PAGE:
So what does all this mean? I think the upshot is that there is often not a fine grained consensus among scientists. And more importantly, this isn't a bad thing. Modern physical theory still provides us with knowledge about the world, knowledge that allows us to do things like build computers, atomic bombs and fusion reactors. There's also fairly wide spread consensus among physicists about how the world works on a rough grained scale.

Similarly, evolutionary biologists all tend to agree about the coarse grained theory. Namely, evolution happened through completely naturalistic processes, namely selection, drift, mutation, migration, recombination etc. They agree that all life shares one or a maybe a couple common ancestors. They agree that evolution is the only way to account for the vast majority of all observations ever made of living things, namely geographic distribution, shared genetic systems, homologous traits, embryological similarities, paleontological evidence, development of antibiotic resistance, egg production in chicken farms and the list could go on and on. They might not agree on exactly how all of this stuff played out, maybe developmental canalization shapes organisms by constraining selection in some cases, maybe endosymbiosis and lateral gene transfer were more or less important in the history of life on earth, maybe selection always acts on the individual allele, maybe it sometimes acts on the individual genotype or at the population level. Whatver.

Much like physicists, just because there isn't consensus on these fine grained issues doesn't mean evolutionary biology isn't a fruitful science. And more importantly, it doesn't mean that we need to invoke a designer to explain the presence of complex, purposeful traits in nature. This invocation simply isn't the best explanation for all the disparate observations that modern evolutionary biology can make very good sense of.

And until a better way of explaining all of these observations comes along, evolutionary biology should clearly not be deigned bankrupt.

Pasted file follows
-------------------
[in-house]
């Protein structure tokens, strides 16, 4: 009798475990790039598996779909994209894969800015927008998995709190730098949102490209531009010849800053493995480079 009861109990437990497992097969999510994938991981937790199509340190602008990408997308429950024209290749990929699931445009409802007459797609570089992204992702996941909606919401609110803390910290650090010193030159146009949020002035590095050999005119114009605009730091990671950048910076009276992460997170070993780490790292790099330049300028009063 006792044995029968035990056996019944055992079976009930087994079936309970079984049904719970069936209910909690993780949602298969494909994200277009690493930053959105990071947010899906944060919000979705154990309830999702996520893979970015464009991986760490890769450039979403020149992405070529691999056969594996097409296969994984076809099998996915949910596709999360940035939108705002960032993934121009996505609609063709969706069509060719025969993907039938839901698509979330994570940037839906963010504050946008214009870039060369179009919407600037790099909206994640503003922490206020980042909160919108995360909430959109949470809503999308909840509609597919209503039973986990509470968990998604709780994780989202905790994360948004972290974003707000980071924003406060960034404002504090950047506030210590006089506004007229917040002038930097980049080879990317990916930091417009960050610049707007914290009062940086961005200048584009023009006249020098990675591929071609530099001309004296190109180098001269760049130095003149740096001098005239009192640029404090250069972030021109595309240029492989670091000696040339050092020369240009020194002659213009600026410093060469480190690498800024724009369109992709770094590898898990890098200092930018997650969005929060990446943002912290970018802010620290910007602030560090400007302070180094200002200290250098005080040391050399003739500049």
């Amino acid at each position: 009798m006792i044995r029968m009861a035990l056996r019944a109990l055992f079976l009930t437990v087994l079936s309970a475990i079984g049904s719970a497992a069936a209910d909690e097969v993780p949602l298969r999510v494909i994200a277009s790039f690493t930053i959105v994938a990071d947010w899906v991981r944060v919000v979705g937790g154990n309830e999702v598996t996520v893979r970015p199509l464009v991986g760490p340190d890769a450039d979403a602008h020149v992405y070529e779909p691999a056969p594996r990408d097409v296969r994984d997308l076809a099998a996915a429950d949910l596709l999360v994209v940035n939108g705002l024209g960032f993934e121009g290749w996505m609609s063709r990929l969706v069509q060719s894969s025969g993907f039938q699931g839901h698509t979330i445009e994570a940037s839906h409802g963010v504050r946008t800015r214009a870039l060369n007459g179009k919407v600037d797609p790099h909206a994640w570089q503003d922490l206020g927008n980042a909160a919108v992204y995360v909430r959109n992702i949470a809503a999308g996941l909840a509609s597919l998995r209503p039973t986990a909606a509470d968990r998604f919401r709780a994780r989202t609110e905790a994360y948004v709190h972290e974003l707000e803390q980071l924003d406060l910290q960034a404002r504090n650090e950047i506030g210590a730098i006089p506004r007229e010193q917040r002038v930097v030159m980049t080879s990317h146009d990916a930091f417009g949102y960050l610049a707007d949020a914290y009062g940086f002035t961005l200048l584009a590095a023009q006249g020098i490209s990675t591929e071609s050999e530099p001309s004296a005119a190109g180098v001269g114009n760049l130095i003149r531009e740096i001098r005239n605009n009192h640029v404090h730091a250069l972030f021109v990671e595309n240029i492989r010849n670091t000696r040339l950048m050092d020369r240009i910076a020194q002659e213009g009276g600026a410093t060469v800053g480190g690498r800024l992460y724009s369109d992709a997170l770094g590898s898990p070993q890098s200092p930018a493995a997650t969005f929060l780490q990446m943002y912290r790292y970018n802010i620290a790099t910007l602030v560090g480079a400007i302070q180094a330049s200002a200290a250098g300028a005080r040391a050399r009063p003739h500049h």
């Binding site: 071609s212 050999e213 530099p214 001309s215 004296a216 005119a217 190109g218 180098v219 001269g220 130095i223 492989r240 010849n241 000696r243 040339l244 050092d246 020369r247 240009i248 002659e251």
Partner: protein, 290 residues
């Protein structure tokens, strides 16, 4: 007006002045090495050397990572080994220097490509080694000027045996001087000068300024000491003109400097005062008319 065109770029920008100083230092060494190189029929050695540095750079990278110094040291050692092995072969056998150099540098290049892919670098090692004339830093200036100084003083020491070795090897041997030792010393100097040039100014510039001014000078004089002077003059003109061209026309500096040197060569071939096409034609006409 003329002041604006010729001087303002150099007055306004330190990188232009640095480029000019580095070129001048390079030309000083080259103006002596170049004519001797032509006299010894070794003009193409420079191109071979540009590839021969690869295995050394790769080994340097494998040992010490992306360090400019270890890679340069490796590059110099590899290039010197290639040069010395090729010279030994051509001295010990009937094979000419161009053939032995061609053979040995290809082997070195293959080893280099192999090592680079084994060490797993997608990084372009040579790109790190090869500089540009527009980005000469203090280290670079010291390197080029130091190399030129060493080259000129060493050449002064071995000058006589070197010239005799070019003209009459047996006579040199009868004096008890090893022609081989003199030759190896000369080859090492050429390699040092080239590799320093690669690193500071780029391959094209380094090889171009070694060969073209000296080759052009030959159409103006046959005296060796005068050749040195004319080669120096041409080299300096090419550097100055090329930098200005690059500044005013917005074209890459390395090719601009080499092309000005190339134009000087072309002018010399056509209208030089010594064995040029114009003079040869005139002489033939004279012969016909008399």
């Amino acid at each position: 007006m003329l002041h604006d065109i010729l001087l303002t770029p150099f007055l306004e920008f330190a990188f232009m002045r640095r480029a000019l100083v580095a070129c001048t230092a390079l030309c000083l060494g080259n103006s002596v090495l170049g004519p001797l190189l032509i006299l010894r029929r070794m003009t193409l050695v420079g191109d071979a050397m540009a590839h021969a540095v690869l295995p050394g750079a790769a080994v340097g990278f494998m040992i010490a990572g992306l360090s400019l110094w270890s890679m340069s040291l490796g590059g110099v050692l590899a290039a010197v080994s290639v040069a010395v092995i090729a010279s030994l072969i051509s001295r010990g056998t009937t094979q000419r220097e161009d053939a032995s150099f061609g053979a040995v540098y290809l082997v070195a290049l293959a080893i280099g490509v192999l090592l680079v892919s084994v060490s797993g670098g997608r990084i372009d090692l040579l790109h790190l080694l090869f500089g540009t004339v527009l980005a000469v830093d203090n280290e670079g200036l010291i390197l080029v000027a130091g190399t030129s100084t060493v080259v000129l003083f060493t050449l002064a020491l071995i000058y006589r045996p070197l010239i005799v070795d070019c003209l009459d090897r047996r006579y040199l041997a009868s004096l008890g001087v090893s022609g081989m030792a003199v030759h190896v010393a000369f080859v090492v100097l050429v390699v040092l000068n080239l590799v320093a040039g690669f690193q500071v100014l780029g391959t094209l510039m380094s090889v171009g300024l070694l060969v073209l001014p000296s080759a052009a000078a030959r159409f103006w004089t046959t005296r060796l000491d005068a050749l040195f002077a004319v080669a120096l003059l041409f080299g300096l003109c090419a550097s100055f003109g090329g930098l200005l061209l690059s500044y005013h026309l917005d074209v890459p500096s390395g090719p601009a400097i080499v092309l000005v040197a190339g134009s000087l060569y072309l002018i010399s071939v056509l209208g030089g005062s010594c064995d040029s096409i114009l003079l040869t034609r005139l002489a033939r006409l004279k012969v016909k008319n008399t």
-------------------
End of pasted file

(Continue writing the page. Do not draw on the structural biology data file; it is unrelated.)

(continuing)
beer in the NY Times

The NY Times has been running a series of articles and multimedia tastings called 'Ales of the Times' following their 'Wines of the Times' features. They do a pretty good job and they bring on people who kow what they're talking about like the owner of Spuytin Duyvil, the best beer bar in NYC, and Lew Bryson, SE Pennsylvania beer writer who knows PA quite well, even where Clem's BBQ is!

Anyway, they did a pale ale tasting recently that's running in today's online times. I think they did a pretty good job. I most liked how they picked Dales Pale Ale from Oskar Blues Brewing in Colorado (in their BLIND tasting) as their favorite. I've had the beer. It's a really tasty example of an American Pale Ale.

AND it comes in a can.

There is this misconception that canned beers taste worse than bottled beers. I don't think so. In fact, as the article points out, it is better for the beer because it protects it from getting light struck.

Anyway, I wasn't too happy with a couple other parts of the article. Namely how they, as per the norm really, focus on hops as the main difference between British Pale Ales and American Pale Ales. While this is certainly an important and upfront difference between the two styles, I actually think that yeast strain has an equal impact on style. British styles aren't hopped as aggressively, nor are they hopped with assertive, citrusy American hops, but they use yeast that produces interesting and quite complex flavors and aromas, typically makeing british Pale Ales so much more nuanced and complicated than American Pale Ales.